Jill is a clinical scientist at the Centre for Contact Lens Research, at the School of Optometry and Vision Science, University of Waterloo, Canada.
Download the poster (.pdf), which was shared at the American Academy of Optometry, 2012
Jill Woods, Nancy J Keir, Lyndon W Jones
Centre for Contact Lens Research, School of Optometry and Vision Science, University of Waterloo, Canada
Purpose: There has been considerable debate regarding the mechanism and clinical relevance of solution-induced corneal staining (SICS). A pilot study was undertaken to investigate various aspects of SICS and the symptoms and typical presentation pattern are reported here.
Methods: Twenty participants wore balafilcon A lenses (PureVisionTM) soaked overnight in a PHMB preserved lens-care solution (Renu FreshTM). Symptom data was collected immediately before and after lens insertion and lens removal. After 2 hours of wear, the lenses were removed and the area of corneal staining was graded.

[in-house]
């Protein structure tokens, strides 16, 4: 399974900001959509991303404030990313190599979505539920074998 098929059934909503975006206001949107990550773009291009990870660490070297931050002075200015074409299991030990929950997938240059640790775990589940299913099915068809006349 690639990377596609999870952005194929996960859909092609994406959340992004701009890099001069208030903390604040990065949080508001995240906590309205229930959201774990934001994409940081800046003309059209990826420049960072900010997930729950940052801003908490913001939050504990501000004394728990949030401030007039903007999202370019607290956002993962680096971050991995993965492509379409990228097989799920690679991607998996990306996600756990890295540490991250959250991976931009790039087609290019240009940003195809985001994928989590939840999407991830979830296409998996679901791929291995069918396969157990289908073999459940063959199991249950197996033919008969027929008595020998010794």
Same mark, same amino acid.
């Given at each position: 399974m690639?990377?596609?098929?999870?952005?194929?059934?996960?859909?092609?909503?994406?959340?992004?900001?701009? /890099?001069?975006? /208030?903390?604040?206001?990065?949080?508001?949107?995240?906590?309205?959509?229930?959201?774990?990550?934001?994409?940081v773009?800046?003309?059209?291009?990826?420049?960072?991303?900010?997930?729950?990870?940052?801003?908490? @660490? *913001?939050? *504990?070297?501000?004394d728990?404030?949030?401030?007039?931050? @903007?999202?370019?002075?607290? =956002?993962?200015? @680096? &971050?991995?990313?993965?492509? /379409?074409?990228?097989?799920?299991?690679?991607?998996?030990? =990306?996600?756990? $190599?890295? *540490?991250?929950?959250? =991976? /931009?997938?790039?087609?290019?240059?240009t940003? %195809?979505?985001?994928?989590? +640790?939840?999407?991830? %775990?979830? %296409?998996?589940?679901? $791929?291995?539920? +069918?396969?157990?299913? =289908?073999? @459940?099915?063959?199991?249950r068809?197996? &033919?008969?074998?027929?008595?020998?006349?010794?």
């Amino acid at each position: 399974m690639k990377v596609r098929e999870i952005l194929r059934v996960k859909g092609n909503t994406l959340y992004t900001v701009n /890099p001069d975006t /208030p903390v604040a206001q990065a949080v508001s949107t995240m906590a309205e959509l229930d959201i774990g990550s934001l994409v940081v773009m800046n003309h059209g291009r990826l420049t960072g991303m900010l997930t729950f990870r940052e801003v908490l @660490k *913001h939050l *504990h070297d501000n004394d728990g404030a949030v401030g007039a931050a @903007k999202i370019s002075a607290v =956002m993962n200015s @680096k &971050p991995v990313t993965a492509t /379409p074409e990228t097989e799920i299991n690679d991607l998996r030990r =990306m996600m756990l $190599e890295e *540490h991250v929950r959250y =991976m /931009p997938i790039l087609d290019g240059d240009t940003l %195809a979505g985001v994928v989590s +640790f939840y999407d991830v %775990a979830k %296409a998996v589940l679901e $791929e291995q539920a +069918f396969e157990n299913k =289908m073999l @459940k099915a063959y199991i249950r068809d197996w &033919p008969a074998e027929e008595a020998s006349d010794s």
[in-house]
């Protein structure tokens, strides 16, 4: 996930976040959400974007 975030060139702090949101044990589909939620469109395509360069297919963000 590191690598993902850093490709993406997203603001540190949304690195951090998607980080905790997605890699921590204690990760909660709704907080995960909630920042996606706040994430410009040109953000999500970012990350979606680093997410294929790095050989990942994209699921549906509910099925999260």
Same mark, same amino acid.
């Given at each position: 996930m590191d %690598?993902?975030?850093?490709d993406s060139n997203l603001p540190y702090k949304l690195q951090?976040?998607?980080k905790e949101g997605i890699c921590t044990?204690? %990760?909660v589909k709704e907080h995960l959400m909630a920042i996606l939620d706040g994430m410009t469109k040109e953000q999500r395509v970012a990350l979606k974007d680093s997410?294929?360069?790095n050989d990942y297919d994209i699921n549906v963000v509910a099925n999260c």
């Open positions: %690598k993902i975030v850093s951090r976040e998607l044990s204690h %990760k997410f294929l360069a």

Results: Sixteen participants (80%) reported symptoms at various stages of the study; only 4 participants (20%) were totally symptom free. Stinging, burning and itching (in this order) were the most commonly reported symptoms during the study period, other than lens awareness. The numbers of participants reporting one or more of these three symptoms across the study were as follows: 2 prior to lens insertion; 6 post lens insertion; 5 after 2 hours lens wear; 13 following lens removal. All twenty participants exhibited SICS (diffuse punctate stain in four or more corneal zones; Carnt et al. CL Spectrum; Sept 2007). Only one participant (5%) exhibited an annular SICS pattern, with lower central staining compared to the peripheral zones; the other 19 (95%) exhibited similar staining across all zones (pan-corneal). The mean staining area across all participants and all zones was 92% (stdev 13%).
Conclusions: Symptoms related to SICS were reported by 80% of participants at some point during the study, and were most prevalent upon lens removal. Overall, stinging was the most commonly reported symptom. Some participants remained symptom-free despite exhibiting high levels of SICS. The pan-corneal staining pattern of SICS was far more prevalent than the annular pattern with this lens and lens-care combination.